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Figure 3; Clarifier This is a combination of up-flow type and sold contact unit, slurry circulation unit, and sedimentation unit to take care of the mass action effect floc formation. The vertical flow design and direct agglomeration design of floc with direct contact is a specialized method of treating the effluent. Horizontal Clarifiers It is considered where the conditions for equal velocity in each point of the clarification tanks are required. The direction of the flow is horizontal and with or without central feed. They are specially designed rectangular clarifiers which are know for their better performance with average retention time . Thickeners Thickeners are one of the very popular technologies for handling high suspended solids especially in power, steel and process industries. Due to the environmental demands and limitation of the water supply, reusing of the industrial effluent is very common and thickeners are playing an important role in the implementation of the various treatment methods. This technology can be used in many applications with considerable modification in the design. It is a highly cost effective conventional system for various applications. Separators Oil separators are used for removing the oil, water insoluble hydrocarbons and settable solids. These separators are designed as per the required standards and using gravity mechanism for separation is offering two types of separators for different applications, i.e., Baffle type and Coalescing type. These systems are designed with many features depending on the applications with various optional methods. These separators are designed for removing almost all types of industrial/fuel oils, vegetable oils, compressor or grease based oils, hydrocarbon based derivatives, etc. The following are the advantages of separators: Reducing oil content to less than 10 ppm on average basis. 12

Ned lesser space and have a compact design. Imported media for strong /stable performance. Separate design features for final polishing. High efficiency Can operate in various operations, flow and temp conditions. Wide selection of Materials for construction.

Dissolved air floatation (DAF) units Dissolved air floatation is one of the multi-diversified technologies for solidliquid separation. This process involves the separation of small and medium sized solids by adhesion of controlled air with the help of chemical dosing entrapment and adsorption of flocs. DAF units are used for removing the COD, BOD, suspended solids, oil and grease, metals and VOCs. This is normally used in the secondary treatment for treating different kind of effluents and wastewater. This gravity separation system helps to float the suspended material in the surface and thus results in a total recovery/removal of the floated materials. Hence, these subsystems are widely used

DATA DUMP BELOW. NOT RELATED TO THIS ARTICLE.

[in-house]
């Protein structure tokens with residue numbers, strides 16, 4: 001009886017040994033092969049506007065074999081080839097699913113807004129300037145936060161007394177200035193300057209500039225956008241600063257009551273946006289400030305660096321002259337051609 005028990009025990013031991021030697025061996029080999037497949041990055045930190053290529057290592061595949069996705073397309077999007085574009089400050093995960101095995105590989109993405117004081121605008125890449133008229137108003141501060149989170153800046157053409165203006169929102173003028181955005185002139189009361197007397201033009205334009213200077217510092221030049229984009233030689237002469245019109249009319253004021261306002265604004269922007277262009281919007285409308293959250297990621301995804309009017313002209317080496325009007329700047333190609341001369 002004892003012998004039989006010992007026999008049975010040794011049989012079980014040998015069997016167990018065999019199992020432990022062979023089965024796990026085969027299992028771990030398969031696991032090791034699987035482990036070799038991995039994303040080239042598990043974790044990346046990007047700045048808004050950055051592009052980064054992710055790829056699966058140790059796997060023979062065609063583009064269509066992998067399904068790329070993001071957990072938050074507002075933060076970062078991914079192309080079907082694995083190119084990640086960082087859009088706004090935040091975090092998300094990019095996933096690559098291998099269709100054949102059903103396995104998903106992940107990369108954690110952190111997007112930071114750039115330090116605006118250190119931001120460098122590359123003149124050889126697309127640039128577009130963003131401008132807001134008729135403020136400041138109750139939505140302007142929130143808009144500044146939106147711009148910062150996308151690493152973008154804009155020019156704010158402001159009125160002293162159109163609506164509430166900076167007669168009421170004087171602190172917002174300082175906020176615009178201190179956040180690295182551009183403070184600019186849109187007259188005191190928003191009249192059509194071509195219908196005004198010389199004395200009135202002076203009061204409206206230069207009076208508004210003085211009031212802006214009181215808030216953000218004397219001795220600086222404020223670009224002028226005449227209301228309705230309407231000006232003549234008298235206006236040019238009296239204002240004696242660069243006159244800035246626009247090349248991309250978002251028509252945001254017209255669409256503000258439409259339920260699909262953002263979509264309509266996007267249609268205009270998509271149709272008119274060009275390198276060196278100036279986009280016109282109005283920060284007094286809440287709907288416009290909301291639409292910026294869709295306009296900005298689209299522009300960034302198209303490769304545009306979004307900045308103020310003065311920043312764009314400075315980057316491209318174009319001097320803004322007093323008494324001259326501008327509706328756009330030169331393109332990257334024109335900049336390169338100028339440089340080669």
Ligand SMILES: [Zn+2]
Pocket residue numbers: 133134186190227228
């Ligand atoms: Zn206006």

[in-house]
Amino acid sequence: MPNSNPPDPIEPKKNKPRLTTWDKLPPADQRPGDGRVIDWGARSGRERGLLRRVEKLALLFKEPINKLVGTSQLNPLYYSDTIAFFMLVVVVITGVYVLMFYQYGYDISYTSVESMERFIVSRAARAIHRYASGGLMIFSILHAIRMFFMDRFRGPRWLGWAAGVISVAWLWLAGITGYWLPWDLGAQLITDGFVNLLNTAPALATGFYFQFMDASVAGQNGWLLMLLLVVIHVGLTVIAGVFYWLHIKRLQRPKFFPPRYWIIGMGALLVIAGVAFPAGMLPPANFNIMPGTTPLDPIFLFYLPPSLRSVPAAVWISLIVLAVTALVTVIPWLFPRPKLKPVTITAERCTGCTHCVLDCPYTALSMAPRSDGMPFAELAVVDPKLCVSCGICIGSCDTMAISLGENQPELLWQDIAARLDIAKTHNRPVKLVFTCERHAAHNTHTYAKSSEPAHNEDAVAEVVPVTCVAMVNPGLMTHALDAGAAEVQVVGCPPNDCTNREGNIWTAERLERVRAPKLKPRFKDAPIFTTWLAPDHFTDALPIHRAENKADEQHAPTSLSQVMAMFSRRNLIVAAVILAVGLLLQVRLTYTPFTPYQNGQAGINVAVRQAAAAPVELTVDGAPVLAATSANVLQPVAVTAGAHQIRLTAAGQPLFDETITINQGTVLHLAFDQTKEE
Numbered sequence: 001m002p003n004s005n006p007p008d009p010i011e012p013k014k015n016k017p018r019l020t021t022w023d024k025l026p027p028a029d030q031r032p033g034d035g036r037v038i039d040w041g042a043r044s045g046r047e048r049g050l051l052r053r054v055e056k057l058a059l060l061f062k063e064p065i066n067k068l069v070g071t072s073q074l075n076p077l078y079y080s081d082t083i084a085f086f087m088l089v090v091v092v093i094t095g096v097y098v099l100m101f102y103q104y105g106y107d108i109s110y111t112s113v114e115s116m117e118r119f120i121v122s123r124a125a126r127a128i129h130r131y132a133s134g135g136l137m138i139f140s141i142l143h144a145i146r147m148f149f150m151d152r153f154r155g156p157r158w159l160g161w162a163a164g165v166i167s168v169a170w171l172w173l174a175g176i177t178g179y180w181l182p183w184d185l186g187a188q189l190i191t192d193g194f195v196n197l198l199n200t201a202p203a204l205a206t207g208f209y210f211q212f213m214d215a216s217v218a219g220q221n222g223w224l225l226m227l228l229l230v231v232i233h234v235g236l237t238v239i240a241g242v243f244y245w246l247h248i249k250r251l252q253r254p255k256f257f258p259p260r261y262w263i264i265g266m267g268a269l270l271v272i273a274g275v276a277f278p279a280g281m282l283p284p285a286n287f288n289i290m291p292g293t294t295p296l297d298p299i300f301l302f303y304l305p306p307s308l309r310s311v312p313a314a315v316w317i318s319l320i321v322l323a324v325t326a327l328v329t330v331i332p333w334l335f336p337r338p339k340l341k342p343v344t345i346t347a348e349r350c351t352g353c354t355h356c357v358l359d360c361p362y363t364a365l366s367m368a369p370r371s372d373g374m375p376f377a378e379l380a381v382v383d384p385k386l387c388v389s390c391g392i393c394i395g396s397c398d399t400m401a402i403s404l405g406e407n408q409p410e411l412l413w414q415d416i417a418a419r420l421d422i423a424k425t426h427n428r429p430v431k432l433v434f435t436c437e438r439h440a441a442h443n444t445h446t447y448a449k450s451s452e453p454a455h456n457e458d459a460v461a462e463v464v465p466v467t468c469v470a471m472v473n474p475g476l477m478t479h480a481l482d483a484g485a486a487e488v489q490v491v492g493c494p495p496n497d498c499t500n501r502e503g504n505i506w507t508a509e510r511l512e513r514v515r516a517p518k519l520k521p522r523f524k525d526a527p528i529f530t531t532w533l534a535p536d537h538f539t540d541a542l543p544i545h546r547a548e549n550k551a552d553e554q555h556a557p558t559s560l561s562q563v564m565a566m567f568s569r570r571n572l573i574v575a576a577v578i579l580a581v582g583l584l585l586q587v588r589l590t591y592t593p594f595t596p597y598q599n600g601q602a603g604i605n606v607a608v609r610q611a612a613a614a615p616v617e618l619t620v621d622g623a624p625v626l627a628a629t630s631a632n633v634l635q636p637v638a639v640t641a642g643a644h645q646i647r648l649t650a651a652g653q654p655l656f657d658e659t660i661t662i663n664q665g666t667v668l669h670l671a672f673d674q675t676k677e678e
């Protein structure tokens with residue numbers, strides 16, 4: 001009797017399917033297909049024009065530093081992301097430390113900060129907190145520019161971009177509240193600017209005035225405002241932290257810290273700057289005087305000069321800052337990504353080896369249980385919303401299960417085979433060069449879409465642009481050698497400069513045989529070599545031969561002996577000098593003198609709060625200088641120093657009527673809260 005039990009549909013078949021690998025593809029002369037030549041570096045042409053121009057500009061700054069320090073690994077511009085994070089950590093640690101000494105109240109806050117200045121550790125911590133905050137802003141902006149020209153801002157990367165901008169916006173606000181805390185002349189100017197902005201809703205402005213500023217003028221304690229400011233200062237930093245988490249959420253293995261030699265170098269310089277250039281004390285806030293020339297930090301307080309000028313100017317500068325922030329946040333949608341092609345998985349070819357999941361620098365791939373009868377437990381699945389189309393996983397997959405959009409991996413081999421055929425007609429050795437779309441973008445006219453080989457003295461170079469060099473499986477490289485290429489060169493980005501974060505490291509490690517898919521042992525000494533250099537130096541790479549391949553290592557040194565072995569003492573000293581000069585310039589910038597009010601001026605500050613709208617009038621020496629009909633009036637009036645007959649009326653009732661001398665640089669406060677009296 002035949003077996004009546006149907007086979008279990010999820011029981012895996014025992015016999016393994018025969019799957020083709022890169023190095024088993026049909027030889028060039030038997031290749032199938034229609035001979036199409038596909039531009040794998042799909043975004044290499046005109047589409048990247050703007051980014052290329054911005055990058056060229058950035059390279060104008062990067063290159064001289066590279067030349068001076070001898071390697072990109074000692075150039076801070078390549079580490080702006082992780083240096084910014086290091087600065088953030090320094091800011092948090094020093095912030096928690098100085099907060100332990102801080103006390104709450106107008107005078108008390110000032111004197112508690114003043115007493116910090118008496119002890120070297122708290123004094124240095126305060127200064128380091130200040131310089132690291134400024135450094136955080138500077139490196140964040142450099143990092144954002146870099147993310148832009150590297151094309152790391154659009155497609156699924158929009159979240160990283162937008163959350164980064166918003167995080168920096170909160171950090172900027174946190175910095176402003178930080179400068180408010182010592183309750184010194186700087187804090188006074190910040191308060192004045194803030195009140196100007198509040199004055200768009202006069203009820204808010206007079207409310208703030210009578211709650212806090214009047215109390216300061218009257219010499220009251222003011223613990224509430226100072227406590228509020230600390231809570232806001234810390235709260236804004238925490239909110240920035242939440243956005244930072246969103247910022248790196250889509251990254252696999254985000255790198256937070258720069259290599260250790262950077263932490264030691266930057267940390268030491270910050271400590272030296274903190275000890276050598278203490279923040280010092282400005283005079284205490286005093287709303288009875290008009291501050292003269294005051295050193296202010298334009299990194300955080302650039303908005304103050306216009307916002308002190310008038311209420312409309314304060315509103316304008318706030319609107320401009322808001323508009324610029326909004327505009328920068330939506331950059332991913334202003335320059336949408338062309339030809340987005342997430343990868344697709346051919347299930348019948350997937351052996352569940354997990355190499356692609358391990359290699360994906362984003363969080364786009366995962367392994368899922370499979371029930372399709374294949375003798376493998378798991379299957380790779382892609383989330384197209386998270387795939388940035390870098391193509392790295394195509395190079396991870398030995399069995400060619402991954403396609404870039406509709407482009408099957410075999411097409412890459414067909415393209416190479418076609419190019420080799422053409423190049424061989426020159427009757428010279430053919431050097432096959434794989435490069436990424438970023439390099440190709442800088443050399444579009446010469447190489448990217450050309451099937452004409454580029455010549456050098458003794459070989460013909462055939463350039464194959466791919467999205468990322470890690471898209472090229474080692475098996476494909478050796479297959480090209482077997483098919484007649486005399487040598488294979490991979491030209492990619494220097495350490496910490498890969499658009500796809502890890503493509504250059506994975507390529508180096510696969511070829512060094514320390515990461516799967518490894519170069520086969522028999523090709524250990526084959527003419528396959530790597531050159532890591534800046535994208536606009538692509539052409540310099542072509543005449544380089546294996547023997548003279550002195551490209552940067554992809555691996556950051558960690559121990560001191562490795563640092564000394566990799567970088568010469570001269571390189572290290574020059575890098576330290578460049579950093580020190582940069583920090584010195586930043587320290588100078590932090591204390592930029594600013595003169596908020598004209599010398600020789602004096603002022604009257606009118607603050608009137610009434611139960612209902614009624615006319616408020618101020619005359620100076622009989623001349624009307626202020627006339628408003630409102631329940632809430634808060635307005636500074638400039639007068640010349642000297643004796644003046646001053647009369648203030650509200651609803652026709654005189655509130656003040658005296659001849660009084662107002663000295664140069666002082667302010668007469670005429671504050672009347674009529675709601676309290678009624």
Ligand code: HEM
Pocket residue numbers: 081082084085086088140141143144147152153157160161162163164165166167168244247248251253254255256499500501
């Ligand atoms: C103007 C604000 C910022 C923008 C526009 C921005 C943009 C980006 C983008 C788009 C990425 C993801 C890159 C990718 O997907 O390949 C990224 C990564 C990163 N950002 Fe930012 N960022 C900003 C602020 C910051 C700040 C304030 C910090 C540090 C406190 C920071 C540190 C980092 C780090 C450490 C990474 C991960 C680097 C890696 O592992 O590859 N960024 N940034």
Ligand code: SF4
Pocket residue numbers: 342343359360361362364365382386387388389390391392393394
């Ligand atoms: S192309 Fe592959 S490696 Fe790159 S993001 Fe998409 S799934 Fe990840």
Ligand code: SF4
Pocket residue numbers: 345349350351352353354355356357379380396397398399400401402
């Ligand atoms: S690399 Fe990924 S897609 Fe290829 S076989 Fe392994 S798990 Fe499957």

Figure 4: Dissolved Air Floation The following are the advantages of DAF systems: 1. They reduce reasonable amount of suspended solids, Grease, COD, BOD, VOC, etc. 2. They require very little maintenance 3. Wide range of design options 13

4. Wide range of selection of Materials 5. Specially designed drives and air transfer system 6. Less operational cost 7. Low capital investment Treatment -Tertiary Treatment Tertiary treatment plants are basically the final stages of treatment of effluents. The method of treatment largely depends on the final requirement of treated effluent water quality. After the tertiary treatment, the treated effluent can be safely discharged, reused or even taken into the process directly. Tertiary treatment is a specialized and customized, solution for the treatment for any kind of effluent generated from the industry with continues process guarantee, best technology and more efficiency in the long run. The common way of treating the effluent in tertiary treatment is as given below.[5] Media filtration Disinfection Softening Membrane bio reactors Activated carbon purification Final polishing Membrane based purification Ozonisation